I spoke with Chris Brown, who manages research for the Customer Experience team at Wiley, the company I work for. Our conversation covered Chris’s professional experience and role at Wiley. We talked about the meaning of the term “customer experience” and how it differs from “user experience.” The terms are confusing to many of us: for example, at Wiley, UX research methods and deliverables such as personas and journey mapping fall under the CX team more so than the UX team.
My program at Pratt is about user experience. What is customer experience?
Well, UX folks are concerned with an element of a customer’s experience [and not the whole]. They’ll look at an interface, what’s working and not working, what the user is trying to accomplish. They’ll identify use cases and gather requirements and things of that nature that will make their way into a product roadmap. They’ll test software and do all of that kind of thing… The word “usability” gets at the difference. How is the navigation? Does it work? Is it efficient?
Customer experience is a broader thing. We’re looking at customer groups vs. individual user experiences. And it’s looking at the customer’s journey along a path from discovery of a particular product or offering, looking at the customer’s needs and aspirations, and the pain points, attitudes, and behaviors in the context of a program or something broader—one of the things we try to do is to narrow it down… So if you’re a customer you’ve got a particular set of needs, aspirations, and attitudes about what’s available: discovery, evaluations, and purchasing.
And this is from a marketing perspective. In terms of a program, we try to understand what the experience is like. We do research at the front end to understand customers. That body of knowledge is applied in different ways, in terms of developing new programs and revising existing programs in an ongoing way.
We look at the customer’s journey at different touchpoints. For example, beginning of term surveys go out at the beginning of the semester. End of term surveys are at the end of the semester. This roundly is about the voice of the customer.
[On the customer experience team]… we’re looking at customer groups vs. individual user experiences.
How are personas used at Wiley?
It’s one of the tools we use. Foundationally, it’s about insight. It’s about understanding your customers so that the actions you take are customer focused. You need to really dive in deep and develop your personas.
The value is in the process and the actual doing. To develop personas you do it collaboratively with the teams here who are developing the products and programs. Wiley’s education group is doing it with instructors and students, and other groups are doing it with librarians, journal authors, and elsewhere.
A personal is a deep description of a type of person. It has elements of their journey and it has other elements.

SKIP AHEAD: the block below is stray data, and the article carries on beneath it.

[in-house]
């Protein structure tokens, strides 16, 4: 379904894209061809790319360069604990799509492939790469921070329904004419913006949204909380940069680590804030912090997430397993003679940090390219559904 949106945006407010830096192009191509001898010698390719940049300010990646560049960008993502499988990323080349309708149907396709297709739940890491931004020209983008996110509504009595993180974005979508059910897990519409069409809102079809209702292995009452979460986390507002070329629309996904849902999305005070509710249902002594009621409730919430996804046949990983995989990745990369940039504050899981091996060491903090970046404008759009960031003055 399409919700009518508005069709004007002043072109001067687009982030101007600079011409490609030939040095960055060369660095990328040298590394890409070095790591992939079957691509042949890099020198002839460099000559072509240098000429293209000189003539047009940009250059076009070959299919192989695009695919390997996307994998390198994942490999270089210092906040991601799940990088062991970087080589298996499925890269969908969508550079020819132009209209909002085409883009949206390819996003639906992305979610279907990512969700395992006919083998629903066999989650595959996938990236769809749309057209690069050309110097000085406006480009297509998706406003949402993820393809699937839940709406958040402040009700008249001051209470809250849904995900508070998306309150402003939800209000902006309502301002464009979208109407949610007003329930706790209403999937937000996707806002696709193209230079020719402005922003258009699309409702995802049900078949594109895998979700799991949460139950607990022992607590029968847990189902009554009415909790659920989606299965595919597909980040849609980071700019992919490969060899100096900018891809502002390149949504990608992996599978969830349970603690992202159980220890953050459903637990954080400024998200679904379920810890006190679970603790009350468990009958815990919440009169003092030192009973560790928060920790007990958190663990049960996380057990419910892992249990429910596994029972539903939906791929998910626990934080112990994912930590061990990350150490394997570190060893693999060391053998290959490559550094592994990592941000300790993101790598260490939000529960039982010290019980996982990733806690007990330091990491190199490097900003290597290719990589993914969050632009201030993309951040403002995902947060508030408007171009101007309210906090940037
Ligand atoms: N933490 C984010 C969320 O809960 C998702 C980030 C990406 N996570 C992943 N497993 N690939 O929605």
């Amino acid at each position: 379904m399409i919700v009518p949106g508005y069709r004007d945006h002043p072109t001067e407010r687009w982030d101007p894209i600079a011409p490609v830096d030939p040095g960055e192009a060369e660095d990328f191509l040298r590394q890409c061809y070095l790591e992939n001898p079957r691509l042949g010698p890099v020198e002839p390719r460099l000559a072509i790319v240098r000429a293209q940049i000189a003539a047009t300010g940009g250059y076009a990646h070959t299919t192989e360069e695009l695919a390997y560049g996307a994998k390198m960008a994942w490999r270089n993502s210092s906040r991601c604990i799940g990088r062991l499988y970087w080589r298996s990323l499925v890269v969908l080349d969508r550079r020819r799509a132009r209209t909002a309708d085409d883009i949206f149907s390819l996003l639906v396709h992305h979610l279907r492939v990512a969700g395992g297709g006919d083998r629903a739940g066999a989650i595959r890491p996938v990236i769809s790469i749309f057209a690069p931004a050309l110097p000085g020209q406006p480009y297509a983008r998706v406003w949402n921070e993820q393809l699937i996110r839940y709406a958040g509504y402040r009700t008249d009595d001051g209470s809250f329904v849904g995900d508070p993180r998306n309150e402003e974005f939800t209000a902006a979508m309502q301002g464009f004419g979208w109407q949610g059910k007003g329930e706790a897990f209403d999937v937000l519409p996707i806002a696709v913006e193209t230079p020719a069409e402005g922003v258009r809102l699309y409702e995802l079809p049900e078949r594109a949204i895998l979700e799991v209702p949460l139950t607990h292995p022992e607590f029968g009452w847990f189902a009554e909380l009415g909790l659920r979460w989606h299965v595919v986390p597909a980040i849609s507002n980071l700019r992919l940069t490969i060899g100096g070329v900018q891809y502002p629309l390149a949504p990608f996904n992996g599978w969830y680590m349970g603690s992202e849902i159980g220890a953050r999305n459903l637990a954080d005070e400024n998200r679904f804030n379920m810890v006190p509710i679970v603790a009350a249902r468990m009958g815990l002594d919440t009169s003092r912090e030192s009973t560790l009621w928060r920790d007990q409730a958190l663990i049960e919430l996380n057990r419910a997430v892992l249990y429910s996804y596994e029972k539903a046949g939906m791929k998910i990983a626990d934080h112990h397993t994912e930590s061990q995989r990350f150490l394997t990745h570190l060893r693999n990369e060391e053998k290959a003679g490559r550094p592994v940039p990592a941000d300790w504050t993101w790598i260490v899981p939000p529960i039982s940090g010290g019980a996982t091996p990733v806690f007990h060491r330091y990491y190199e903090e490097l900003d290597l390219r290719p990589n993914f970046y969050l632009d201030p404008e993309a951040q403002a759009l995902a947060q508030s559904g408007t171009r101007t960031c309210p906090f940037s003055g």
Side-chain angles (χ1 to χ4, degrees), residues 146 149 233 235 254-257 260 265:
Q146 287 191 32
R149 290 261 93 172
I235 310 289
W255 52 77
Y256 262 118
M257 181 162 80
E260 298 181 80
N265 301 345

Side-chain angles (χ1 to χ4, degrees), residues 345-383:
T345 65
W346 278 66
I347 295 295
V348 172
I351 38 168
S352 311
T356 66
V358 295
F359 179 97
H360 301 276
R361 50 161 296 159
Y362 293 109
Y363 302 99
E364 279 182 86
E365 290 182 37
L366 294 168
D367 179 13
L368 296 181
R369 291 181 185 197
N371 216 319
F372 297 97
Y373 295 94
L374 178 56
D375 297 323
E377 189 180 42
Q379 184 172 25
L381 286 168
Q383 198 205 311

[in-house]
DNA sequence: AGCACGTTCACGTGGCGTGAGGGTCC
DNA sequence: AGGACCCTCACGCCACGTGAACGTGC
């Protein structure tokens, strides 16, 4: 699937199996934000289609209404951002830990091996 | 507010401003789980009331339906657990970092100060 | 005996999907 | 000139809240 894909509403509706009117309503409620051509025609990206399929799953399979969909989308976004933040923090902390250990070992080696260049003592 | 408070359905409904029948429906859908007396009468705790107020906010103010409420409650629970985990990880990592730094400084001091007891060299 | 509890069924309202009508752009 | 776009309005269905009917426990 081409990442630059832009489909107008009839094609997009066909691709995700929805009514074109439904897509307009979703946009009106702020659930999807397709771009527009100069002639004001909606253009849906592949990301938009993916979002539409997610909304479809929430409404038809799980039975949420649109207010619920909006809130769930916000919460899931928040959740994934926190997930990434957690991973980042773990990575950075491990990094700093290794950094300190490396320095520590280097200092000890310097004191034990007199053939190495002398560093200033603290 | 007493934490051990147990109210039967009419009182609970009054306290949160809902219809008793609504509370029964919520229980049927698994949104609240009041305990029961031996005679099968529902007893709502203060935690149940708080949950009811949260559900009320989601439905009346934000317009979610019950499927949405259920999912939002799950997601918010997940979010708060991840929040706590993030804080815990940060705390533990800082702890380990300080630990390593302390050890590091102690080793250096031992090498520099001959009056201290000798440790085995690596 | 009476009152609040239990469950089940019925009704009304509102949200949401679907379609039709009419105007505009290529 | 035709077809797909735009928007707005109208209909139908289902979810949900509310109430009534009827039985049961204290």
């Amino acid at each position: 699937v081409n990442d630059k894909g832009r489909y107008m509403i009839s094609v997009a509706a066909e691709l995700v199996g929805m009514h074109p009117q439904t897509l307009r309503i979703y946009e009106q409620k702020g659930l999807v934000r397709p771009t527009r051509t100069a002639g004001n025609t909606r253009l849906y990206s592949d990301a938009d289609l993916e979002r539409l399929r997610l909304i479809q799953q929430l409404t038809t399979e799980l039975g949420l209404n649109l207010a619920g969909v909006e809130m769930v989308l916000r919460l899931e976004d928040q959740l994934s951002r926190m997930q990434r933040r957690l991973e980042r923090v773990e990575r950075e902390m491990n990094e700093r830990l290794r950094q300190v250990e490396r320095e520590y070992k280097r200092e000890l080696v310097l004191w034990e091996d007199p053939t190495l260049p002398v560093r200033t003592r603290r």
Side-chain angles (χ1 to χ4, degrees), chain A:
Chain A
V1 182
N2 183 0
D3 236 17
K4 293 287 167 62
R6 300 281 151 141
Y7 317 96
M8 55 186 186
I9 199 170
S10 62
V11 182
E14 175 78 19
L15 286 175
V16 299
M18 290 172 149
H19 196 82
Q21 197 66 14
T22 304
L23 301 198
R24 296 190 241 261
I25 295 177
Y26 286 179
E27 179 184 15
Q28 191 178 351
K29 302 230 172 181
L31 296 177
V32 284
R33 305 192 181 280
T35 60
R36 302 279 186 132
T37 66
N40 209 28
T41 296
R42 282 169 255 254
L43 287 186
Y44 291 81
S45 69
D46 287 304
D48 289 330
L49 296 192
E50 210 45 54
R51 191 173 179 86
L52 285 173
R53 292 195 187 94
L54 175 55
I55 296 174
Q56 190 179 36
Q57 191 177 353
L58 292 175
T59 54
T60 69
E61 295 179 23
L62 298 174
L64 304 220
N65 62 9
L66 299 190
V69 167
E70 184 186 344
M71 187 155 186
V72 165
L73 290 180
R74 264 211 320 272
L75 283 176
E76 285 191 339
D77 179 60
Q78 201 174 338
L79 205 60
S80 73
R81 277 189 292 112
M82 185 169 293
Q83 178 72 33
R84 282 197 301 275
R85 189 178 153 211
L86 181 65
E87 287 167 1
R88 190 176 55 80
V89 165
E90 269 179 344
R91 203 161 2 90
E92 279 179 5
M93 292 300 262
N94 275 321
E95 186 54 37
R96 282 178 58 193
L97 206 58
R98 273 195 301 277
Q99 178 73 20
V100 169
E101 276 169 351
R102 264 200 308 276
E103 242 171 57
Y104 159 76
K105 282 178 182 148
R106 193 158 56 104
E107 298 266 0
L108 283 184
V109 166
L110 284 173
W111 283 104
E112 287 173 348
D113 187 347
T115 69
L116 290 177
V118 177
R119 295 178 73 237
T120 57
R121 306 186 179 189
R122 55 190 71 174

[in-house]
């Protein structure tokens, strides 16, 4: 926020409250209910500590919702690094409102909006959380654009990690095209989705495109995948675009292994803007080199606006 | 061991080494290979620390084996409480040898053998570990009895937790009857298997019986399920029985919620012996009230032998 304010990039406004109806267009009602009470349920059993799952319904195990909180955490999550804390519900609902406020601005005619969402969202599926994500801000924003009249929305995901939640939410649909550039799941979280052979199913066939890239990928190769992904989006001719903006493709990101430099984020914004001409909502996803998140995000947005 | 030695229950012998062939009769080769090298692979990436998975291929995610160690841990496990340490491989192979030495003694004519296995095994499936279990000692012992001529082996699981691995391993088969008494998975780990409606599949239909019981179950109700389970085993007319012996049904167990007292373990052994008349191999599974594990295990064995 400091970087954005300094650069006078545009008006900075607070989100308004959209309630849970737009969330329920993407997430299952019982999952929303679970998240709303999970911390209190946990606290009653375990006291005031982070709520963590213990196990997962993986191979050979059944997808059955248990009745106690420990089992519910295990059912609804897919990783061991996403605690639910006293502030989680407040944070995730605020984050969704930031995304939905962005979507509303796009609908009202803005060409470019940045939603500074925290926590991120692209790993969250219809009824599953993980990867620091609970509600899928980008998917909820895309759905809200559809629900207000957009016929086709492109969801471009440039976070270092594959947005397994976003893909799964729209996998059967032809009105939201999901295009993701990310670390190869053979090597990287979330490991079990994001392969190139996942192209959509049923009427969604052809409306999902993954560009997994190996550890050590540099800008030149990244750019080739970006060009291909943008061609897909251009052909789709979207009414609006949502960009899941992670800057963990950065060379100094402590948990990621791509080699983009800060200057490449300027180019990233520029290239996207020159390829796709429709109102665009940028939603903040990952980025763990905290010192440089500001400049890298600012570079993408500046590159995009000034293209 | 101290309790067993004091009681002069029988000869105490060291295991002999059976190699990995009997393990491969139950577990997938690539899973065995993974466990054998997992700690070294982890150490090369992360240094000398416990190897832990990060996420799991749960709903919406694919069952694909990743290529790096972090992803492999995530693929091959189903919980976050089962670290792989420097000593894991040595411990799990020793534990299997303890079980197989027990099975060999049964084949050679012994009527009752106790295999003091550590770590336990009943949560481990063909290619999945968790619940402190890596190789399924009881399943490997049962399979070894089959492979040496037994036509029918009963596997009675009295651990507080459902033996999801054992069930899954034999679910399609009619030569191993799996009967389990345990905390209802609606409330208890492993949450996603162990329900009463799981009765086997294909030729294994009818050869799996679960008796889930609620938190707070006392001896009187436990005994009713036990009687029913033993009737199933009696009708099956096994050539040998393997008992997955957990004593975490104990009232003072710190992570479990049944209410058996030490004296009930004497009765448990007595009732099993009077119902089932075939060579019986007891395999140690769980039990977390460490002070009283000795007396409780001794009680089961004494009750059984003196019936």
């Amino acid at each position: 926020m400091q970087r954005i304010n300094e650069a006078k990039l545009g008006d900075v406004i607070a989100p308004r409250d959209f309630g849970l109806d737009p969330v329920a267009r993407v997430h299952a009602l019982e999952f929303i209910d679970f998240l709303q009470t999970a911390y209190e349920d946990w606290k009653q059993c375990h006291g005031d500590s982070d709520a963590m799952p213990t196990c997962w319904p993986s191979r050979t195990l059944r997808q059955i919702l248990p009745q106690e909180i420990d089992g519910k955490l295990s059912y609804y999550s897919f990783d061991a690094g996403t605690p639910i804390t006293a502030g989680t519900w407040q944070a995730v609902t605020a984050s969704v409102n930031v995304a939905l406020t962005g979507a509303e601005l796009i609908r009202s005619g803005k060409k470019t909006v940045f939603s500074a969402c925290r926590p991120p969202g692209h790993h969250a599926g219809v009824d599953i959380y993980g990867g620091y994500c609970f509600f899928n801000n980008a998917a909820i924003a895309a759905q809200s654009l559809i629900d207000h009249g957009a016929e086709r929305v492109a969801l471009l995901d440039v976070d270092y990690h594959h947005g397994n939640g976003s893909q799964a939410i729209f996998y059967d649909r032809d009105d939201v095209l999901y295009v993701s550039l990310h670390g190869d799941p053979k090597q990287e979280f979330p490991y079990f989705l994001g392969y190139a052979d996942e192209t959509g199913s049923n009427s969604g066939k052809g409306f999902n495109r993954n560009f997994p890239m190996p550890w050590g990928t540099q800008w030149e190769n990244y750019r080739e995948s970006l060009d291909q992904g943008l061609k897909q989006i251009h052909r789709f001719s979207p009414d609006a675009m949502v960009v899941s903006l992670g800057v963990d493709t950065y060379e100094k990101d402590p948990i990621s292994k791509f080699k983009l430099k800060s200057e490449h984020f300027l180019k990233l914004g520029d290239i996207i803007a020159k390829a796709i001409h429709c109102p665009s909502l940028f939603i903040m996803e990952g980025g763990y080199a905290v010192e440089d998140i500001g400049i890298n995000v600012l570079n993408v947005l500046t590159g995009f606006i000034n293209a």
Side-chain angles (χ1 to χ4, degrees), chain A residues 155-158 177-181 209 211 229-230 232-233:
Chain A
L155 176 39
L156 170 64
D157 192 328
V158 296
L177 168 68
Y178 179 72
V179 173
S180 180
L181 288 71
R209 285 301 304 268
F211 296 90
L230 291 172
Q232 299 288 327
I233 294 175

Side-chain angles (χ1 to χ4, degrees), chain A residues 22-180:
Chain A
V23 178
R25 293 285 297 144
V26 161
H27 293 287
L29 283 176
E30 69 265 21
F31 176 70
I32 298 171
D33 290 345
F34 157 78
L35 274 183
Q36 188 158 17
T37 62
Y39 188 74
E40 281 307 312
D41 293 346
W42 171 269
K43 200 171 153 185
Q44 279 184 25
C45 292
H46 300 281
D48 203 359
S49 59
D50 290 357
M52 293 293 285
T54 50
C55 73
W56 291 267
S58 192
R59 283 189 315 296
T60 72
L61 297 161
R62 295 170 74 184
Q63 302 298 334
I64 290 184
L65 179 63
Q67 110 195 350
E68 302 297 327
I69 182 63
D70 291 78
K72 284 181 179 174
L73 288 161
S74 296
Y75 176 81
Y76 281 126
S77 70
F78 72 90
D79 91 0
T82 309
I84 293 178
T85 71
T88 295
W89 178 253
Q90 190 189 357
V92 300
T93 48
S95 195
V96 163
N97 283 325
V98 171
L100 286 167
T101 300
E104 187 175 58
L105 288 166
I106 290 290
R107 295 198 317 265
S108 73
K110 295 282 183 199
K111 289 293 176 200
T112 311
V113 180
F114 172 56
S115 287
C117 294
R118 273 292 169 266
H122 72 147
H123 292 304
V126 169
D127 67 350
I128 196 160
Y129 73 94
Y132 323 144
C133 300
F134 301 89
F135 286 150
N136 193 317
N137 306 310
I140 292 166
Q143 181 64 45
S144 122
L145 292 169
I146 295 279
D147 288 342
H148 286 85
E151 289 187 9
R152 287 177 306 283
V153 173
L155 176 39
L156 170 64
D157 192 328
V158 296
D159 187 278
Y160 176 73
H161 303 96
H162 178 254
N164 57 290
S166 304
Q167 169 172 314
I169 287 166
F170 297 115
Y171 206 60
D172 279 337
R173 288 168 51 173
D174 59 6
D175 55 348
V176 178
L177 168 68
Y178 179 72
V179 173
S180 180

Personas are created for students, instructors, and journal authors.
How are journey maps used at Wiley? What are they? Are they actual deliverables?
Journey maps are used to make sure you’re getting the right questions. The value is in the application of the journey map. You can call the thing a deliverable but that doesn’t mean it’s actually done. They’re representations, emblematic of customer types and discrete customer needs, and so you’d apply them when you’re thinking about new programs and services you’ll develop for your market. For product designers, they help make the customers come alive and it’s a useful tool for them.
[Personas and journey maps] can be used to focus a marketing plan as well.
But marketers can use it as well—they can be used to focus a marketing communication plan as well. It helps sales and marketing teams communicate with certain segments of customers.
You have to be careful with personas and journey maps. People are complex. They’re not the same thing all the time. Good personas should be recognizable and should be easy to differentiate from one another. That’s not always the case when you read some of them.
Sample journey mapping, includes “stages,” “thinking,” and “feeling” for this instructor persona.
Can you tell me a little about your career path?
I started working in market research for a supplier, doing a bunch of different things, more consumer oriented. Then I started working for a publisher in research and management roles. A lot of it had to with product development and marketing, some with academic research. My previous job was heading research for the Pearson Foundation. We looked at various things like innovative assessment, language learning… the intersection of technology and learning, AI stuff related to how languages can be taught in an online environment. This research informed product development at Pearson. How research gets translated into product development is a real challenge.